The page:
6. Good sticky tires like the BFG KDs mounted on plus sized rims. Be careful. The Falcon and Fairlane are bad about offset. Watch our video on setting up wheels if you don't already have some.

7. Structurally the sedan is much better than a hardtop. You still might consider a pair of home made subframe connectors and shock tower braces both from the cowl to the towers, and from one apron to the other like the Mustang Monte Carlo bar.

Jeff has been an invaluable resource when it comes to Mustang/Fairlane/Falcon/Comet stuff.  What I'm thinking of is sandbagging parts now and installing them over the new year, followed by a replacement motor/transmission at a later date. 

I really do not like the old 3-speed auto transmissions.  I think a 4-speed AOD upgrade would be a huge improvement in addition to swapping the factory 8-inch 3.00 for a lower 3.77.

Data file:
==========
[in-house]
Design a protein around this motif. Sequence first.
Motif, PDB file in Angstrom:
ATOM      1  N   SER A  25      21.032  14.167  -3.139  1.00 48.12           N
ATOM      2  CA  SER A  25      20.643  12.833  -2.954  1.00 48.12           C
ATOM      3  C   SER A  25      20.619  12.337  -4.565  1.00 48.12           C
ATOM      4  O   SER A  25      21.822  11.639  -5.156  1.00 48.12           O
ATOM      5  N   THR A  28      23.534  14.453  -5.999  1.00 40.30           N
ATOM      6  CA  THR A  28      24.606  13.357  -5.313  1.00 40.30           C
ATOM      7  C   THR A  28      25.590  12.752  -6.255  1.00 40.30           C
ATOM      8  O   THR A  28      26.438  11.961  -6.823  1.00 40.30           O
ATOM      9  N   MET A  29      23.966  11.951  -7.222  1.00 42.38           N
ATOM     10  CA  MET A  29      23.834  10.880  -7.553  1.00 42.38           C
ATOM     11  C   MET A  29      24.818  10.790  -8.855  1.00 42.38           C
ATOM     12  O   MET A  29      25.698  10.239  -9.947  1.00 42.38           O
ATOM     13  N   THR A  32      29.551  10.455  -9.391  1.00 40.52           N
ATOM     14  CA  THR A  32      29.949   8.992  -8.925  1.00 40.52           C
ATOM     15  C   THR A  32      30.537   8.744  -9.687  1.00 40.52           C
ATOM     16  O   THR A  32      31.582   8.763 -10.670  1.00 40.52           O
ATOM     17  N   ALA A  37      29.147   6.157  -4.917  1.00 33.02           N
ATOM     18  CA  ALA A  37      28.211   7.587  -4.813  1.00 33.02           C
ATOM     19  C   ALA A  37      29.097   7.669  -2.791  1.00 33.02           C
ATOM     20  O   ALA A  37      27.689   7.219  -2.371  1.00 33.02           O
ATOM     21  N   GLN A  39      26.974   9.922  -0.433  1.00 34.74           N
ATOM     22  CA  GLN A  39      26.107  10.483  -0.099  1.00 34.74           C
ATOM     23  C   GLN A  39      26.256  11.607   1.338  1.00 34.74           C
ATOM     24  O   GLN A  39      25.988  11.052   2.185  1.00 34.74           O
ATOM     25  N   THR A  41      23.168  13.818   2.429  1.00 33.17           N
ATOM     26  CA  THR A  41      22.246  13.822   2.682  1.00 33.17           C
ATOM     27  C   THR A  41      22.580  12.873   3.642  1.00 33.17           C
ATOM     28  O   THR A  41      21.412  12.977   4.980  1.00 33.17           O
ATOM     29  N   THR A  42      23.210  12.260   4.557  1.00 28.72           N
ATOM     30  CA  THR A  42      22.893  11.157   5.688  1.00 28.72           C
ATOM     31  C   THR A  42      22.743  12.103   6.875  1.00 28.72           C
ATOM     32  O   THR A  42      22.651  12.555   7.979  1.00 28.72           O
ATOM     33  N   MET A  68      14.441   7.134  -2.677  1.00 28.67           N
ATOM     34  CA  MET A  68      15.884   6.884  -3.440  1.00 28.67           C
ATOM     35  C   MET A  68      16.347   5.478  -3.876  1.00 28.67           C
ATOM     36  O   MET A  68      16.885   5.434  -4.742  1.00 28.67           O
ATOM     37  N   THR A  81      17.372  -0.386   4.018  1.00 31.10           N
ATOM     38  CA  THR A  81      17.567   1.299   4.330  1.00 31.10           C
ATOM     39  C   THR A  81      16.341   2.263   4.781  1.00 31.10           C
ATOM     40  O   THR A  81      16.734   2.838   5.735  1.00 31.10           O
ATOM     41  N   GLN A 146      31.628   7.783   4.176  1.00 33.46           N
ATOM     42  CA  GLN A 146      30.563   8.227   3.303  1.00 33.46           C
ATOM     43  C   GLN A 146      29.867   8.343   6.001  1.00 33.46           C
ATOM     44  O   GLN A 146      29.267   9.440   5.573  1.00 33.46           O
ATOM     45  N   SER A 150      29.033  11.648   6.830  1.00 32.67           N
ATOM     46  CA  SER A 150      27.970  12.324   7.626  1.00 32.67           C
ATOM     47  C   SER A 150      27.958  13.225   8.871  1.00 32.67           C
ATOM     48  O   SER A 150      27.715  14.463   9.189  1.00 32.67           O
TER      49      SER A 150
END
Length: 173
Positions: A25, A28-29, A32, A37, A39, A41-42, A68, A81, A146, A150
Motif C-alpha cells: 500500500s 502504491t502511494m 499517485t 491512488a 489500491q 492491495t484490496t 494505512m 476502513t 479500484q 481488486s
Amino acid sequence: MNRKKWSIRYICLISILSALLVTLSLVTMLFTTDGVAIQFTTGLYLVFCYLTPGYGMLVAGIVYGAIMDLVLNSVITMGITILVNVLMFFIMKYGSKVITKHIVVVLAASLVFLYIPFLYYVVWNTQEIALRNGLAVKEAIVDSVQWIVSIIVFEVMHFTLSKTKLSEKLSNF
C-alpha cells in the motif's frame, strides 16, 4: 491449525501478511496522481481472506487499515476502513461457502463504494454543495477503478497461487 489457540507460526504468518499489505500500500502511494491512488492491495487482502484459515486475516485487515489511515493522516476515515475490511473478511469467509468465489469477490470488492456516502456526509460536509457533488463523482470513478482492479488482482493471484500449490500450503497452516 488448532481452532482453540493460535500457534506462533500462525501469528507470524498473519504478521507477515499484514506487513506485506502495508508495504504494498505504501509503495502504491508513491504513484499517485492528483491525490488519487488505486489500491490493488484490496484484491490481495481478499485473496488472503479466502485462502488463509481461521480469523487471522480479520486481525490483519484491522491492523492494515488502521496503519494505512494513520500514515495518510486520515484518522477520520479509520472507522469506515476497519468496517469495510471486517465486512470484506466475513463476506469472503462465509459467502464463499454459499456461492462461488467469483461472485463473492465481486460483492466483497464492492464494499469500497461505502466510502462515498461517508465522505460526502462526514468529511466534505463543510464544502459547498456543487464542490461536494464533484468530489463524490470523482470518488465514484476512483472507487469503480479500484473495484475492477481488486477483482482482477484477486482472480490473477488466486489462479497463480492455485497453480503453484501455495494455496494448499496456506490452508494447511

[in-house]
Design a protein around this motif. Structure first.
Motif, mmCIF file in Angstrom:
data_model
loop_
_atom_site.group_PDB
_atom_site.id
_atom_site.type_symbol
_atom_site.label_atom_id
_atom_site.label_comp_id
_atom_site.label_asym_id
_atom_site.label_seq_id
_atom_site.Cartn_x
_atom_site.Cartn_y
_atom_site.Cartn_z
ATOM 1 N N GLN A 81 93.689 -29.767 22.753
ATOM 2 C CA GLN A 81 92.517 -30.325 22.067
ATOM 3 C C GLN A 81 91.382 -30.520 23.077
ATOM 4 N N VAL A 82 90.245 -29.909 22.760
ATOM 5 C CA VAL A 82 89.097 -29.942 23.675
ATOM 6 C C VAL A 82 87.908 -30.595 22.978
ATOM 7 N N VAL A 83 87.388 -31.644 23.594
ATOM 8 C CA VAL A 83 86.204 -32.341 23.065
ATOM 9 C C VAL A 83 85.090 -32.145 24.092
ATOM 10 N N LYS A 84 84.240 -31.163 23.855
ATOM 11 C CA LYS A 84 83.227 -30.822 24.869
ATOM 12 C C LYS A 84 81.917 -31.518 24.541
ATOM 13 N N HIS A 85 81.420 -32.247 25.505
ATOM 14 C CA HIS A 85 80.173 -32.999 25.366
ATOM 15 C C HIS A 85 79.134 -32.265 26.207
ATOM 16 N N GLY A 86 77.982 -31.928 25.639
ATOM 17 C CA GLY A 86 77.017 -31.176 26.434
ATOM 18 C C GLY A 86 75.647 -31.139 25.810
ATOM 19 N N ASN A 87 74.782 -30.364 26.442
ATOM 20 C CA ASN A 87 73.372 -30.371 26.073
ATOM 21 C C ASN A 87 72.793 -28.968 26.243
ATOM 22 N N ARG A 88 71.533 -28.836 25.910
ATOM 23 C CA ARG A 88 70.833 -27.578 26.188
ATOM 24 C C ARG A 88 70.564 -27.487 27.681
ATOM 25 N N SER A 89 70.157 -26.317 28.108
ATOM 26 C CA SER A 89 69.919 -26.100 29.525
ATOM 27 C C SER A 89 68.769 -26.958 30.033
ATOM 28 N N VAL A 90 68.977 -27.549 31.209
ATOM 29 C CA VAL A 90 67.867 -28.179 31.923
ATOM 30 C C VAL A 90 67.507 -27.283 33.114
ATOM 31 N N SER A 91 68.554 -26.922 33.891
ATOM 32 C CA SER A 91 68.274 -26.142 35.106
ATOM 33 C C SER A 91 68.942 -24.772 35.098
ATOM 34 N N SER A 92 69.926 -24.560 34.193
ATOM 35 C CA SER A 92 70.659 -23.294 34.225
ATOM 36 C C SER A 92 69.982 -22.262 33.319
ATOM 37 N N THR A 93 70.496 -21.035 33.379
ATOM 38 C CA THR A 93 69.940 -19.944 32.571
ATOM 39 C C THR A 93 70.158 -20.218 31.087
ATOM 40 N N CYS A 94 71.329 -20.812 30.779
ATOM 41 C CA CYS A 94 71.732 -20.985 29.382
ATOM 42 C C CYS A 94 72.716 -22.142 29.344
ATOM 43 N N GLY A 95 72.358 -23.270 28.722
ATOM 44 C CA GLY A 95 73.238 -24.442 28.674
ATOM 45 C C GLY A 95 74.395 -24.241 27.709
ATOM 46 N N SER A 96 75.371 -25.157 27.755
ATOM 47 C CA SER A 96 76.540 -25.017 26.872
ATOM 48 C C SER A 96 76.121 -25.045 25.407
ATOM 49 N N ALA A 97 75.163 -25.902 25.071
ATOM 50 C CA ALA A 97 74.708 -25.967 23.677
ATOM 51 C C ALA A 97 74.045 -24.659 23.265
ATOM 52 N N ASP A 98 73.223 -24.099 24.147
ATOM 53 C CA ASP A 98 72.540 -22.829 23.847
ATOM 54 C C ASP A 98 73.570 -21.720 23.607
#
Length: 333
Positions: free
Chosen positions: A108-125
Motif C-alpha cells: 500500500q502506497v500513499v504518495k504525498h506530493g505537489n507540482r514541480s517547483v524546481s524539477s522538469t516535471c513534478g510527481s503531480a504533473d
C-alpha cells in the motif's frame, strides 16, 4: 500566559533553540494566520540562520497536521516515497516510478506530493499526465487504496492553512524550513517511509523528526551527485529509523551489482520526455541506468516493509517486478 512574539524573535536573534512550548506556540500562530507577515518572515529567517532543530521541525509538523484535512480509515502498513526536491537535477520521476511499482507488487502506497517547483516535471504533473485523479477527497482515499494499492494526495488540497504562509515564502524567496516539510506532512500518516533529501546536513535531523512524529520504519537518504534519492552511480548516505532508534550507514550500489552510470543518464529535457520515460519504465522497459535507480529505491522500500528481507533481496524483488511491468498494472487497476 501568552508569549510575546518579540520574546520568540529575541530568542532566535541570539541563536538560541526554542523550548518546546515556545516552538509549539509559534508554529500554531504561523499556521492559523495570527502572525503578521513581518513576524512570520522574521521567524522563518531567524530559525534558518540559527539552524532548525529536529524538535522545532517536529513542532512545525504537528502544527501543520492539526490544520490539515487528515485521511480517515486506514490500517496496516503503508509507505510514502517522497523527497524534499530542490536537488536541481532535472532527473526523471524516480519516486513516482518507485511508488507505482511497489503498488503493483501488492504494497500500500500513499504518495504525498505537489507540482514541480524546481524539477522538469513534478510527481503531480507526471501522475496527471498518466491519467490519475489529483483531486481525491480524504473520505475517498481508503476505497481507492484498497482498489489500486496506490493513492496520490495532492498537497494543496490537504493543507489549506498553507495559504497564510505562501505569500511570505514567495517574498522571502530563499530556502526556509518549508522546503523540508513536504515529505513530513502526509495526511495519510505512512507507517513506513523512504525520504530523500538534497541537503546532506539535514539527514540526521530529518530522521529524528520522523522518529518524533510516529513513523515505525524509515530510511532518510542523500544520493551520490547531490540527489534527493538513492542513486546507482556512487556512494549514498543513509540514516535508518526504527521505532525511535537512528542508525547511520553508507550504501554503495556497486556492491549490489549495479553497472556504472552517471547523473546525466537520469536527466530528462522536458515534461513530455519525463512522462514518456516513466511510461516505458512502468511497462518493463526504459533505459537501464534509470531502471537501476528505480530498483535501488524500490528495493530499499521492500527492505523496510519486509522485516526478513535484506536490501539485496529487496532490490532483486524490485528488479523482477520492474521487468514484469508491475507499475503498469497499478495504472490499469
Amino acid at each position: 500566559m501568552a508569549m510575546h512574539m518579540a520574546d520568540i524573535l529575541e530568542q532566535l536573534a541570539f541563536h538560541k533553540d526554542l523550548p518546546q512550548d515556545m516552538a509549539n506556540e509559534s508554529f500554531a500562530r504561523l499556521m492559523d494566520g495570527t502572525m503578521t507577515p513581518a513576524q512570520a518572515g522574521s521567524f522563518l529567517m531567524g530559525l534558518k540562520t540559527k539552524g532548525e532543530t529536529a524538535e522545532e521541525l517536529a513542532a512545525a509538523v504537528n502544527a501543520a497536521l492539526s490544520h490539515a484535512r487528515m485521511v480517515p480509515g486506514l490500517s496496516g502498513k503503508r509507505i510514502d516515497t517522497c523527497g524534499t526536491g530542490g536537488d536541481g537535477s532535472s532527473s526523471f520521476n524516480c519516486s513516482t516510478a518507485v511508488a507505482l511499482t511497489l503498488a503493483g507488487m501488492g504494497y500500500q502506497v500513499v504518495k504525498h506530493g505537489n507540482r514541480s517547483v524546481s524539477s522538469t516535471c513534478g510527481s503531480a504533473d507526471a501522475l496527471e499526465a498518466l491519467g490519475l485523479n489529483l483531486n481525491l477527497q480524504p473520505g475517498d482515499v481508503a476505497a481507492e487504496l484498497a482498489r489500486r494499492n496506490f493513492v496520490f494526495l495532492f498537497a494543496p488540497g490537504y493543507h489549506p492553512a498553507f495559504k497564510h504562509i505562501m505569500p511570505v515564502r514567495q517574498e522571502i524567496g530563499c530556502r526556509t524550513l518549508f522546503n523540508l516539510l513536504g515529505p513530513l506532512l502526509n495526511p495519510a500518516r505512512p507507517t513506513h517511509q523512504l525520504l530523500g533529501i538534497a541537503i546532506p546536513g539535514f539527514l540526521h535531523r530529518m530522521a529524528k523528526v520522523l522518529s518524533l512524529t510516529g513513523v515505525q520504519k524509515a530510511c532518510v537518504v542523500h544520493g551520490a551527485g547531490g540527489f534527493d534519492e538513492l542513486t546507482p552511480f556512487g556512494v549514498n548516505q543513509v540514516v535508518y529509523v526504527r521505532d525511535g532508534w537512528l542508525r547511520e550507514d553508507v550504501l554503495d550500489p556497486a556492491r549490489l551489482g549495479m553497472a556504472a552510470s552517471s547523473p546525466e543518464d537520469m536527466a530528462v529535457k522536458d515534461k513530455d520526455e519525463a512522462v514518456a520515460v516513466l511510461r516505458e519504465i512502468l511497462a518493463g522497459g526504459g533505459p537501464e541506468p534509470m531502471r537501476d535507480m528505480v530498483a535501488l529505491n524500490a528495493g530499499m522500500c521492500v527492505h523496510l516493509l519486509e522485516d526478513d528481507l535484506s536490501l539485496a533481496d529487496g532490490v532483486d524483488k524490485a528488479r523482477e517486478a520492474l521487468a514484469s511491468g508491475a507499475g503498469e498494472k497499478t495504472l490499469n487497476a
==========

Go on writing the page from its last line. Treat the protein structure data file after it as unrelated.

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Offline Chris_

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Re: 1963 Ford Fairlane
« Reply #708 on: January 07, 2016, 10:19:43 PM »
I'm still trying to track down the white arm rests I saw a couple years ago so I can match the new seats and door panels to them.  As soon as I get the correct color, I can have the old red seats rebuilt.  I plan on keeping the red carpet but the doors and seats will be white.  It's easier on the ass during summer.
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Offline Chris_

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Re: 1963 Ford Fairlane
« Reply #709 on: January 07, 2016, 10:29:47 PM »